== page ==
Ada County PDF PDF PDF
North Boise, 100 PDF PDF PDF
Northeast Boise, 200 PDF PDF PDF
Southeast Boise, 300 PDF PDF PDF
Boise Bench, 400 PDF PDF PDF
Southwest Boise, 500 PDF PDF PDF
SW Boise/Meridian, 550 PDF PDF PDF
West Boise, 600 PDF PDF PDF
West Boise/Meridian, 650 PDF PDF PDF
Garden City, 700 PDF PDF PDF
NW Boise/Garden City, 800 PDF PDF PDF
Eagle, 900 PDF PDF PDF
Star/Meridian, 950 PDF PDF PDF
Southeast Meridian, 1000 PDF PDF PDF
Southwest Meridian, 1010 PDF PDF PDF
Northeast Meridian, 1020 PDF PDF PDF
Northwest Meridian, 1030 PDF PDF PDF
Kuna, 1100 PDF PDF PDF
       
  Market Existing New Const
Canyon County PDF PDF PDF
Nampa (83687), 1250 PDF PDF PDF
Nampa (83686), 1260 PDF PDF PDF
Melba, 1265 PDF PDF PDF
Nampa (83651), 1270 PDF PDF PDF
NW Freeway, 1275 PDF PDF PDF
SW Freeway, 1280 PDF PDF PDF
Middleton, 1285 PDF PDF PDF
Canyon Other, 1290 PDF PDF PDF
Parma, 1292 PDF PDF PDF
Wilder, 1293 PDF PDF PDF
Greenleaf, 1294 PDF PDF PDF
 

 

Share this:
Share this page via Email Share this page via Stumble Upon Share this page via Digg this Share this page via Facebook Share this page via Twitter

Buying a home in an historic district

As a Realtor© who works regularly in the historic districts, I have an understanding about possible restrictions facing my buyer clients. When prospective buyers speak with agents about adding a porch or replacing a worn roof with a different material, an agent should know enough to question whether that is even a possibility.  Energy efficient upgrades like dual pane vinyl windows or solar panels may sound like a good idea to buyers, and they may get excited about making additions and changes to existing homes to better accommodate their families and modern lifestyles while living in the area they desire. But will these changes be permitted? It depends.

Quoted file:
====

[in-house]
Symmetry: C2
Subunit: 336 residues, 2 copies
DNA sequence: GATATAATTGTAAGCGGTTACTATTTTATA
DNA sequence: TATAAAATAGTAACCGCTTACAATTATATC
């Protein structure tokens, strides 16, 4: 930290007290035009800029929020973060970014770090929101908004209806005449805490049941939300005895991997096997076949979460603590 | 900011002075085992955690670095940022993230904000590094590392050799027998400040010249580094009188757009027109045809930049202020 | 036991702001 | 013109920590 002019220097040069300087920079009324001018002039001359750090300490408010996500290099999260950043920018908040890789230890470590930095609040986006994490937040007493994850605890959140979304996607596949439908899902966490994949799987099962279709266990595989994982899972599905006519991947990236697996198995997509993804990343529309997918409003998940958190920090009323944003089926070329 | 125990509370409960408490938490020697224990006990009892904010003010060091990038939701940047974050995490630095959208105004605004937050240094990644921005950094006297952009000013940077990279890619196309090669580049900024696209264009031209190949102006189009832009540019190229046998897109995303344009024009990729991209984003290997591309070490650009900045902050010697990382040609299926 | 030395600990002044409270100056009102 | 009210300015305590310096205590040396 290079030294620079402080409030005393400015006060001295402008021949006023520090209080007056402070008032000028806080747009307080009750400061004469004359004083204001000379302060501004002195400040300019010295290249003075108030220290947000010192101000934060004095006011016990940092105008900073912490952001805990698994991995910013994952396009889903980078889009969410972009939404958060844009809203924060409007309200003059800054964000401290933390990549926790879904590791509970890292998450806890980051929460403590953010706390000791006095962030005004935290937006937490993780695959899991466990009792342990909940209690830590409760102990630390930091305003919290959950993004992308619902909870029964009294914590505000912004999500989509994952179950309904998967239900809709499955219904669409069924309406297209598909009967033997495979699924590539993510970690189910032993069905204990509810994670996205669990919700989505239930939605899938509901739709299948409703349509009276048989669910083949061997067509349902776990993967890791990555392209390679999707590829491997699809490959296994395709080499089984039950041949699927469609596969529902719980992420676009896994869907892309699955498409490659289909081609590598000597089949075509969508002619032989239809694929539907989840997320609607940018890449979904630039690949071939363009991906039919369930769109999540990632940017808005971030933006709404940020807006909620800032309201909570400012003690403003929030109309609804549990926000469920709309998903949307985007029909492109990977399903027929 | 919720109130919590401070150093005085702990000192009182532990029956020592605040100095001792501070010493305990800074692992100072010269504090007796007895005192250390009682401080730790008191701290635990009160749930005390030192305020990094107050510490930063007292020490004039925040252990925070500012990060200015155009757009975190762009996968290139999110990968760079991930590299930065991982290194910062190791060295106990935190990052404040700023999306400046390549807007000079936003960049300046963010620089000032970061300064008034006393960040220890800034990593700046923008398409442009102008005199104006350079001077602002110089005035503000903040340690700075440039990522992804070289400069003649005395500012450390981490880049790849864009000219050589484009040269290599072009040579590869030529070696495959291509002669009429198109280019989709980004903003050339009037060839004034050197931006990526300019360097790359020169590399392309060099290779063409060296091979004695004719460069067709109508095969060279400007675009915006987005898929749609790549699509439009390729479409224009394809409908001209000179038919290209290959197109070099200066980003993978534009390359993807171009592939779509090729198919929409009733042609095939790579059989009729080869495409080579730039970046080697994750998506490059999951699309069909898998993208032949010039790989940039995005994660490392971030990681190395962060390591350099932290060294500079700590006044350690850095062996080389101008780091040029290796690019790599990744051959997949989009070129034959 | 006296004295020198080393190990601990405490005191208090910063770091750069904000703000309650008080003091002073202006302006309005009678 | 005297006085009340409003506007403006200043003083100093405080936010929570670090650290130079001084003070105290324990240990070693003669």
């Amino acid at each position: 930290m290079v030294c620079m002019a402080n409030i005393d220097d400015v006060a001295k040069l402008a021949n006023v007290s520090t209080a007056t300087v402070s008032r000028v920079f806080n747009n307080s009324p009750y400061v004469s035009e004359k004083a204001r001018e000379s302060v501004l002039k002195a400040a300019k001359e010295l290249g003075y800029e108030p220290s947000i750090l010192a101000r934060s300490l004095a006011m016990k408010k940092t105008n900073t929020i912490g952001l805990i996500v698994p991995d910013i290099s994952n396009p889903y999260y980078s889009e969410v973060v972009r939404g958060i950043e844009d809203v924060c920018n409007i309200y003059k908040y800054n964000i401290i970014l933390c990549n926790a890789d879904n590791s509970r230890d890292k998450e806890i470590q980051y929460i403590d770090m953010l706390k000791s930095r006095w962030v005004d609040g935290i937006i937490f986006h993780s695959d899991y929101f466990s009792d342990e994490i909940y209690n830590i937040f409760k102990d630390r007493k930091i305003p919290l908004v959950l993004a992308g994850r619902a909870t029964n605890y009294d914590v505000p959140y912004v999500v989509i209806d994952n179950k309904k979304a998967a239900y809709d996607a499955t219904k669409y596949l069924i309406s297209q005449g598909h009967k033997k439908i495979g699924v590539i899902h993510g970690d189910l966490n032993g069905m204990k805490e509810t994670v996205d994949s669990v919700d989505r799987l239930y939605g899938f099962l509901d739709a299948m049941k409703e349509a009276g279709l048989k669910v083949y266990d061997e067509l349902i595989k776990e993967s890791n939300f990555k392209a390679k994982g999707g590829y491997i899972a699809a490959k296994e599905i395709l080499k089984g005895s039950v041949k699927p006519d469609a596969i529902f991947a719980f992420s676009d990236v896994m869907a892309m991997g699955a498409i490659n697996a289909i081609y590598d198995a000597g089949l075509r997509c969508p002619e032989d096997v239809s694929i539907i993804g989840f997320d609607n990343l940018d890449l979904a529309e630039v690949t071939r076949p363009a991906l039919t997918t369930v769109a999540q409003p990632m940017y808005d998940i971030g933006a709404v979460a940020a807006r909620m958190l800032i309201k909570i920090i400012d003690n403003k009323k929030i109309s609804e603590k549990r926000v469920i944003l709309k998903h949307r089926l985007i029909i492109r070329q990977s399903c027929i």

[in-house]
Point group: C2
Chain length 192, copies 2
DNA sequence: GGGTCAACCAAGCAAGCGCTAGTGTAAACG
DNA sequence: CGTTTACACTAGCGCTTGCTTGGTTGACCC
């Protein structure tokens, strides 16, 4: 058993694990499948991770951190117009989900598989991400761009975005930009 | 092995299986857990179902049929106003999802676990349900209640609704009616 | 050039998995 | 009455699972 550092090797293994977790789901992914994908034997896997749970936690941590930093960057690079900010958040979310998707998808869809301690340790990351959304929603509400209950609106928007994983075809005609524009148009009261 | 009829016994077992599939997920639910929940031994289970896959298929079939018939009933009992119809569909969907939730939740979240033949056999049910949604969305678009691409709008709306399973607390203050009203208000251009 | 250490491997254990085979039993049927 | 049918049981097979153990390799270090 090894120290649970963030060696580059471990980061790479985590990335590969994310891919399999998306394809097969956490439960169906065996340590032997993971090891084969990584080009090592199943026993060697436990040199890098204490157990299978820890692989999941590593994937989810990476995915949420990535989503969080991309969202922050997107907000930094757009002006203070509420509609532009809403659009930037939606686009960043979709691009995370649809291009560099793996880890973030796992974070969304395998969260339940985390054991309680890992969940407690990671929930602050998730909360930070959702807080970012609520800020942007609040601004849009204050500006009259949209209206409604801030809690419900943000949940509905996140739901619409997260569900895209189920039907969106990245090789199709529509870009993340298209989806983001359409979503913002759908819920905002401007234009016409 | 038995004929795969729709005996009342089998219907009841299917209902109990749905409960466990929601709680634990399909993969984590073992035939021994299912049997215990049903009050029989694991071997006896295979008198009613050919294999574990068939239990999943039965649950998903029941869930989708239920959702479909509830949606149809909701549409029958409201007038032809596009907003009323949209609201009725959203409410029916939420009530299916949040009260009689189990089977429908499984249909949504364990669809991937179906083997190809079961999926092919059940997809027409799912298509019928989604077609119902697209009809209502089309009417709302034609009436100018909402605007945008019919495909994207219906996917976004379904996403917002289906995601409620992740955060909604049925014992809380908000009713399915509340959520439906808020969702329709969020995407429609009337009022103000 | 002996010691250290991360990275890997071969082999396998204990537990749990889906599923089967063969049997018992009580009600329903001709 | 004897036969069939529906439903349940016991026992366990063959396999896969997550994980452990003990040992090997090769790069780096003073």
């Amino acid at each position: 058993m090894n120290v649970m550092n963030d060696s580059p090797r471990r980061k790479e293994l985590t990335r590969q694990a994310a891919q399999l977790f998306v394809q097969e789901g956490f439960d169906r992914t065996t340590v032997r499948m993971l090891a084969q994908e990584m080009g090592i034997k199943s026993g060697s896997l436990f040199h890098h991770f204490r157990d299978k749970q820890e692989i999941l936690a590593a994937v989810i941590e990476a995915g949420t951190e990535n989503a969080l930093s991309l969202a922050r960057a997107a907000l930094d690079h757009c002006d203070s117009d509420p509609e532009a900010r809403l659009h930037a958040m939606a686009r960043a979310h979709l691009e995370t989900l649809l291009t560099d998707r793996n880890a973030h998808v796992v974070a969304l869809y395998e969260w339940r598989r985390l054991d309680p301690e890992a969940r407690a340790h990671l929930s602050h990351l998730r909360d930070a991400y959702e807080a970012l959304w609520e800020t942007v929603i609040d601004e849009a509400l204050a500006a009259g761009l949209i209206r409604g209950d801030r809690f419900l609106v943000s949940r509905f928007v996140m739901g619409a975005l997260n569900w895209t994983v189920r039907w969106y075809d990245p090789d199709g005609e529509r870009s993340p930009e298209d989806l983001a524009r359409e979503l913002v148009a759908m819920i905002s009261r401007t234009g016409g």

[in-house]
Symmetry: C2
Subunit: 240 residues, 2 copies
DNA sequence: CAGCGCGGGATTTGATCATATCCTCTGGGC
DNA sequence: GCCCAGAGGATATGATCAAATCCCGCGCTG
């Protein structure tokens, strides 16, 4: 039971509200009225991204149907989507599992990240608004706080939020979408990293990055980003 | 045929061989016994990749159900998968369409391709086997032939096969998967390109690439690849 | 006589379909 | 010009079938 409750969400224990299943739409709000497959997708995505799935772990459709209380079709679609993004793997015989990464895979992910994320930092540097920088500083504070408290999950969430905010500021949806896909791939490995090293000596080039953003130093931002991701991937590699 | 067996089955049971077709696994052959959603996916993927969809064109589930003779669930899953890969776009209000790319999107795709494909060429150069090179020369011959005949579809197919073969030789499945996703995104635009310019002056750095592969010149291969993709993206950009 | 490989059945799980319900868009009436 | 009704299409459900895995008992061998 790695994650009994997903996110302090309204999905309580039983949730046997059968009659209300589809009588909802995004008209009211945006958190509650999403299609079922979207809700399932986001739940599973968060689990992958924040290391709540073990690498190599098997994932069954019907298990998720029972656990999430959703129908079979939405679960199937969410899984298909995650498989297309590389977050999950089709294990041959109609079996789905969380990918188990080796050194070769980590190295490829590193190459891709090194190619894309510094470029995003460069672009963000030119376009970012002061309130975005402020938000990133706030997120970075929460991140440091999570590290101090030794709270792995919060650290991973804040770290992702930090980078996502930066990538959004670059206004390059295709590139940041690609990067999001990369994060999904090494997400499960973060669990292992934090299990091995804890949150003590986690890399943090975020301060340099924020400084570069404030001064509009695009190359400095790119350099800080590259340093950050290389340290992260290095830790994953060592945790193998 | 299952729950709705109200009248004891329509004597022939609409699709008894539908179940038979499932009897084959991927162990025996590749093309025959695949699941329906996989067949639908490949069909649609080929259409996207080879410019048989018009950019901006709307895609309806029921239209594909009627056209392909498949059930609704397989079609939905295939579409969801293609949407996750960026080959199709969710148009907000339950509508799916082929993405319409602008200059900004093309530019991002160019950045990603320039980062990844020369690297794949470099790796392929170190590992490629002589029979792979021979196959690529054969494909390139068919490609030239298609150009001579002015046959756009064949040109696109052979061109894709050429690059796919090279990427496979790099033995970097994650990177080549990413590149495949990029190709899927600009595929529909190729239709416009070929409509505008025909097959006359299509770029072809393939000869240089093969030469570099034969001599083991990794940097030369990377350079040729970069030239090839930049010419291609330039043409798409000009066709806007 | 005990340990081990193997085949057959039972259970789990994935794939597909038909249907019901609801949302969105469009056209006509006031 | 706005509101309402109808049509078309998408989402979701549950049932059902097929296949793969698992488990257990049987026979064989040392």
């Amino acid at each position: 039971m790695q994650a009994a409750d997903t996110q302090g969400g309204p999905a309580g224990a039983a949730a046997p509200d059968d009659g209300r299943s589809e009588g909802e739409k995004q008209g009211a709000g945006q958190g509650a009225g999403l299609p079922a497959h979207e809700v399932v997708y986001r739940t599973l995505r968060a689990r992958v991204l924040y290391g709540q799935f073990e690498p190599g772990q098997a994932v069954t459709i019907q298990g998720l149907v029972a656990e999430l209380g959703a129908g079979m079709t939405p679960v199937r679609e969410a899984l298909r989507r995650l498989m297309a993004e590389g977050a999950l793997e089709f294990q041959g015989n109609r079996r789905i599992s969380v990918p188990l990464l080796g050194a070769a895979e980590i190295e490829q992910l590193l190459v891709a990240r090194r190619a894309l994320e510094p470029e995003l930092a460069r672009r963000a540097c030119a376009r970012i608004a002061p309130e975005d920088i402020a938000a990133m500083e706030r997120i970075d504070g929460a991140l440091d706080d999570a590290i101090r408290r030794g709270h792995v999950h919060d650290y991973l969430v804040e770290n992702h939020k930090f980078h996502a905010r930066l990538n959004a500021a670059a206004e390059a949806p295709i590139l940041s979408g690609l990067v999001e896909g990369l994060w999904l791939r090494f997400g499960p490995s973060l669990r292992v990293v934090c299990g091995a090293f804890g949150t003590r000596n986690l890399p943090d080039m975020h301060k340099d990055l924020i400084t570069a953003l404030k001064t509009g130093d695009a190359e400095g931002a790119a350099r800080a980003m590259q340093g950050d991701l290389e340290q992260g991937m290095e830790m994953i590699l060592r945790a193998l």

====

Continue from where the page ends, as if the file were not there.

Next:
Some Boiseans are aware that a part of the North End is an historic area, but there are actually nine Historic Preservation Districts in Boise. Four are in the North End, two in the East End, two downtown, and the ninth is Spaulding Ranch on Cole Road. If you choose to buy a home in one of these areas, you are restricted not only by city building codes but also by the regulations of the particular historic preservation district in which your home is located.

Many people love the idea of owning an historic home. These houses have so much character and can make wonderful places to live. Though I currently live in a modern home (circa 1950), I have had the pleasure of living in (and remodeling) a 1900 Bungalow and a 1902 Queen Anne Victorian home in Boise’s North End Historic Preservation District. There are many things you need to know before undertaking a renovation in this or any of the other districts. If your agent is not familiar with these areas and the restrictions they have, please be sure to educate yourself.  A good place to start is The City of Boise website (http://pds.cityofboise.org/planning/hp/). There you will find some residential design guidelines, information on obtaining a Certification of Appropriateness, if needed, as well as times and dates of commission hearings.

So enjoy the many pleasures of owning a treasured piece of Boise’s history, but be sure to make an educated purchase. Know the rules before you buy.

 

1703-n-16th-main1

Share this:
Share this page via Email Share this page via Stumble Upon Share this page via Digg this Share this page via Facebook Share this page via Twitter